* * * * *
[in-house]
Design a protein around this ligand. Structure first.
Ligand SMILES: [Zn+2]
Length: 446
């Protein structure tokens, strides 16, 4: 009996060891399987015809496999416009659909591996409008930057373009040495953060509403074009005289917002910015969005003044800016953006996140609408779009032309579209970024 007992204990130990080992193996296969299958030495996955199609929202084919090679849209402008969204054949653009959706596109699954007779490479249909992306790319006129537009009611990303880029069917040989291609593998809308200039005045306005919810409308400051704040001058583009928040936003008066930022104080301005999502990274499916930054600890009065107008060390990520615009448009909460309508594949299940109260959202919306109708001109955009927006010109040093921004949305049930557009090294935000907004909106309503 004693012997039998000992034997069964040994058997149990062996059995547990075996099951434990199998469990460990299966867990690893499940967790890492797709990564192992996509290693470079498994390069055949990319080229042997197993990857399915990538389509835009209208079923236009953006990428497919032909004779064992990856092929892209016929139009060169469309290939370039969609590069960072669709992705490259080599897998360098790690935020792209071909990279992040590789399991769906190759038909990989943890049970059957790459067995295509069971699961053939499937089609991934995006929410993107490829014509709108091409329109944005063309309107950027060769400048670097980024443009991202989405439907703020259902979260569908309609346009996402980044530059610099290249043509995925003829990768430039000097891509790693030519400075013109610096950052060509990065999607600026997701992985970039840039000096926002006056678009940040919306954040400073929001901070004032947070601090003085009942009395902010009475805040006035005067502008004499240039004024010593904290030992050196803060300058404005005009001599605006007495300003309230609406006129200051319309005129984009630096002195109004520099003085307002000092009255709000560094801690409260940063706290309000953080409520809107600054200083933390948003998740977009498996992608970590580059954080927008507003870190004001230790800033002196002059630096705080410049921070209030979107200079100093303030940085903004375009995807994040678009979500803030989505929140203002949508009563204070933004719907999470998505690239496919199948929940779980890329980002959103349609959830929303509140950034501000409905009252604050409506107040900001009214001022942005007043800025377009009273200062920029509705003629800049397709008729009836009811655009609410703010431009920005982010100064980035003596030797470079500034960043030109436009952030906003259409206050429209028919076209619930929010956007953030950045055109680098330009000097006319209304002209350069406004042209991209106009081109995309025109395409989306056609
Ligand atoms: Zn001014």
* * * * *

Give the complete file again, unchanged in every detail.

[in-house]
Design a protein around this ligand. Structure first.
Ligand SMILES: [Zn+2]
Length: 446
């Protein structure tokens, strides 16, 4: 009996060891399987015809496999416009659909591996409008930057373009040495953060509403074009005289917002910015969005003044800016953006996140609408779009032309579209970024 007992204990130990080992193996296969299958030495996955199609929202084919090679849209402008969204054949653009959706596109699954007779490479249909992306790319006129537009009611990303880029069917040989291609593998809308200039005045306005919810409308400051704040001058583009928040936003008066930022104080301005999502990274499916930054600890009065107008060390990520615009448009909460309508594949299940109260959202919306109708001109955009927006010109040093921004949305049930557009090294935000907004909106309503 004693012997039998000992034997069964040994058997149990062996059995547990075996099951434990199998469990460990299966867990690893499940967790890492797709990564192992996509290693470079498994390069055949990319080229042997197993990857399915990538389509835009209208079923236009953006990428497919032909004779064992990856092929892209016929139009060169469309290939370039969609590069960072669709992705490259080599897998360098790690935020792209071909990279992040590789399991769906190759038909990989943890049970059957790459067995295509069971699961053939499937089609991934995006929410993107490829014509709108091409329109944005063309309107950027060769400048670097980024443009991202989405439907703020259902979260569908309609346009996402980044530059610099290249043509995925003829990768430039000097891509790693030519400075013109610096950052060509990065999607600026997701992985970039840039000096926002006056678009940040919306954040400073929001901070004032947070601090003085009942009395902010009475805040006035005067502008004499240039004024010593904290030992050196803060300058404005005009001599605006007495300003309230609406006129200051319309005129984009630096002195109004520099003085307002000092009255709000560094801690409260940063706290309000953080409520809107600054200083933390948003998740977009498996992608970590580059954080927008507003870190004001230790800033002196002059630096705080410049921070209030979107200079100093303030940085903004375009995807994040678009979500803030989505929140203002949508009563204070933004719907999470998505690239496919199948929940779980890329980002959103349609959830929303509140950034501000409905009252604050409506107040900001009214001022942005007043800025377009009273200062920029509705003629800049397709008729009836009811655009609410703010431009920005982010100064980035003596030797470079500034960043030109436009952030906003259409206050429209028919076209619930929010956007953030950045055109680098330009000097006319209304002209350069406004042209991209106009081109995309025109395409989306056609
Ligand atoms: Zn001014």